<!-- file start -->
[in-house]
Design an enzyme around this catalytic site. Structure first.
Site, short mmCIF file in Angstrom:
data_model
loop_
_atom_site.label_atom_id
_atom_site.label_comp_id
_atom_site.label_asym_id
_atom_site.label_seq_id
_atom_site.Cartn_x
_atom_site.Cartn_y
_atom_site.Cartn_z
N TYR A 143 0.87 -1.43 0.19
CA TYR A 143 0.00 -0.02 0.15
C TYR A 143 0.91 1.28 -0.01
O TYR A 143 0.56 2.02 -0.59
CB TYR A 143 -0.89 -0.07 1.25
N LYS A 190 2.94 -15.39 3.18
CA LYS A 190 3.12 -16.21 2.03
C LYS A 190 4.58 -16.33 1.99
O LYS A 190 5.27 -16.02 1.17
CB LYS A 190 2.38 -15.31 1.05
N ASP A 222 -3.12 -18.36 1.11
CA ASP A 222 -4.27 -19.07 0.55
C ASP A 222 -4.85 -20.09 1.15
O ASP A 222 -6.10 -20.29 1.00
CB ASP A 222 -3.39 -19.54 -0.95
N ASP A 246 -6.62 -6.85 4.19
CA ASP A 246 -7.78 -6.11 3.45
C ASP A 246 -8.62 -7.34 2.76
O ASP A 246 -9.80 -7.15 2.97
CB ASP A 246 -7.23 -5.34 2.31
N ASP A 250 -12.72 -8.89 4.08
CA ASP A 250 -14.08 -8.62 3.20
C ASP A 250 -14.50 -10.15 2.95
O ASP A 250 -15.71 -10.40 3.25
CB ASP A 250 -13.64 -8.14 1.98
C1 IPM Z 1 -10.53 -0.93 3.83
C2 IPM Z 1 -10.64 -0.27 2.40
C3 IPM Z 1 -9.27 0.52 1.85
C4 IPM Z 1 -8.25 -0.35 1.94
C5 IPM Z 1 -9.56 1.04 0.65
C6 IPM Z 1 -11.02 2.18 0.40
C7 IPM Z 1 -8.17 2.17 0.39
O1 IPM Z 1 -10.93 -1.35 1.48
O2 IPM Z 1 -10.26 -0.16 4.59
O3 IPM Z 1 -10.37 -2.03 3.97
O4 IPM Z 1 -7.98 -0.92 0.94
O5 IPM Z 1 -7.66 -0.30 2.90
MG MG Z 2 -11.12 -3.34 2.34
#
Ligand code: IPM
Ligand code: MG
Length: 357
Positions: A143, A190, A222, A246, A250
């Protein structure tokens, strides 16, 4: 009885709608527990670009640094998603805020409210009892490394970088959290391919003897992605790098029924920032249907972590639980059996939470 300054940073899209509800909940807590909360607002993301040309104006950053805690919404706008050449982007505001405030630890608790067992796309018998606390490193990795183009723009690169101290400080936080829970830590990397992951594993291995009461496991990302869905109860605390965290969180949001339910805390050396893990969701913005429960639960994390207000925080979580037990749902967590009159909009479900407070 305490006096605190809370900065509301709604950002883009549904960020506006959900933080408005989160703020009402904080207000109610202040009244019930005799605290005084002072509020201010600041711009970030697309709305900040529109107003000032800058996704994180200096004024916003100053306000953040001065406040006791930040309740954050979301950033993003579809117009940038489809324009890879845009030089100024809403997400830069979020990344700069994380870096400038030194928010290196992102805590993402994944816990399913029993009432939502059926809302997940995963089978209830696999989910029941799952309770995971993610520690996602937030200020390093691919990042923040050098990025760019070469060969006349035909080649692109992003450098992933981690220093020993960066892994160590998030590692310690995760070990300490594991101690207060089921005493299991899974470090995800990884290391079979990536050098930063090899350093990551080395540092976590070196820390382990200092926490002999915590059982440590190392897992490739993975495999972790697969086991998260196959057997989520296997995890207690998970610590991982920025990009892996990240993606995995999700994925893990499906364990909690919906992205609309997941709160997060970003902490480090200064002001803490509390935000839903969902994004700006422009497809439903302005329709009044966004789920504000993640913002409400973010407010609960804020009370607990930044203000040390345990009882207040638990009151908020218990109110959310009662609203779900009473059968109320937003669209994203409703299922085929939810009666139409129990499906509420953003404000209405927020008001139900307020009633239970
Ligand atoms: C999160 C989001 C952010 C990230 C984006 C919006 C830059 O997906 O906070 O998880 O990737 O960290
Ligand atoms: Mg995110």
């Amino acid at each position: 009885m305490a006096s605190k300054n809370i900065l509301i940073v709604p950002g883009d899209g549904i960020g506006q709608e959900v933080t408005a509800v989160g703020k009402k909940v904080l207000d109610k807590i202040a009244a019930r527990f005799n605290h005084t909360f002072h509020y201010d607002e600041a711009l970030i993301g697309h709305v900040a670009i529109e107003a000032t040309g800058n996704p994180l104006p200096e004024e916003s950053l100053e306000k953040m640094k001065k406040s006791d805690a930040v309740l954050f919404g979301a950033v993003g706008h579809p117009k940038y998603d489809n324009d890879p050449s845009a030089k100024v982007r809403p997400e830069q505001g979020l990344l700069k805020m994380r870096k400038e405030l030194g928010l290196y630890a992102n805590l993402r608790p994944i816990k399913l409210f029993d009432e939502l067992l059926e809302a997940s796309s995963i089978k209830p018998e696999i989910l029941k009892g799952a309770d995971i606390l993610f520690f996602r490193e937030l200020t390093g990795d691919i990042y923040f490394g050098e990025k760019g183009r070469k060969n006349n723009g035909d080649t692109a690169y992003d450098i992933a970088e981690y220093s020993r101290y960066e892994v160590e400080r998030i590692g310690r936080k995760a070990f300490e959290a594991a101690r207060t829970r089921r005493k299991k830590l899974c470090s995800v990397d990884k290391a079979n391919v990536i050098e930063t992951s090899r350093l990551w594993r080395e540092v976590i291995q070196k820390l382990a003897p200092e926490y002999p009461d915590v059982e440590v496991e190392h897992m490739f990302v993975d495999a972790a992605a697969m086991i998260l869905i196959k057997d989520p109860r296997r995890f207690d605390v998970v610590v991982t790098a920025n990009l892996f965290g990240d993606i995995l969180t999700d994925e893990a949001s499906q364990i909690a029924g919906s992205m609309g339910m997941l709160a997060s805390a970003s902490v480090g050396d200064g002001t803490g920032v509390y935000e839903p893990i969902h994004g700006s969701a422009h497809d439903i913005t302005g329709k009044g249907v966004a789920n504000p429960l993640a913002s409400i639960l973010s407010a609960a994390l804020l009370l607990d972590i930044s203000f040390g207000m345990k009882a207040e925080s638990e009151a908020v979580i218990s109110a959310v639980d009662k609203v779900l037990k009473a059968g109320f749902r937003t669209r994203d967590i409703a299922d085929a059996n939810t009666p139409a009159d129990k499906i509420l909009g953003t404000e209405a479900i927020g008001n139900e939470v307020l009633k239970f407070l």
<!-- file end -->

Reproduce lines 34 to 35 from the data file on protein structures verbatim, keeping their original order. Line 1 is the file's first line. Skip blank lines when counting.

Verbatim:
CA ASP A 250 -14.08 -8.62 3.20
C ASP A 250 -14.50 -10.15 2.95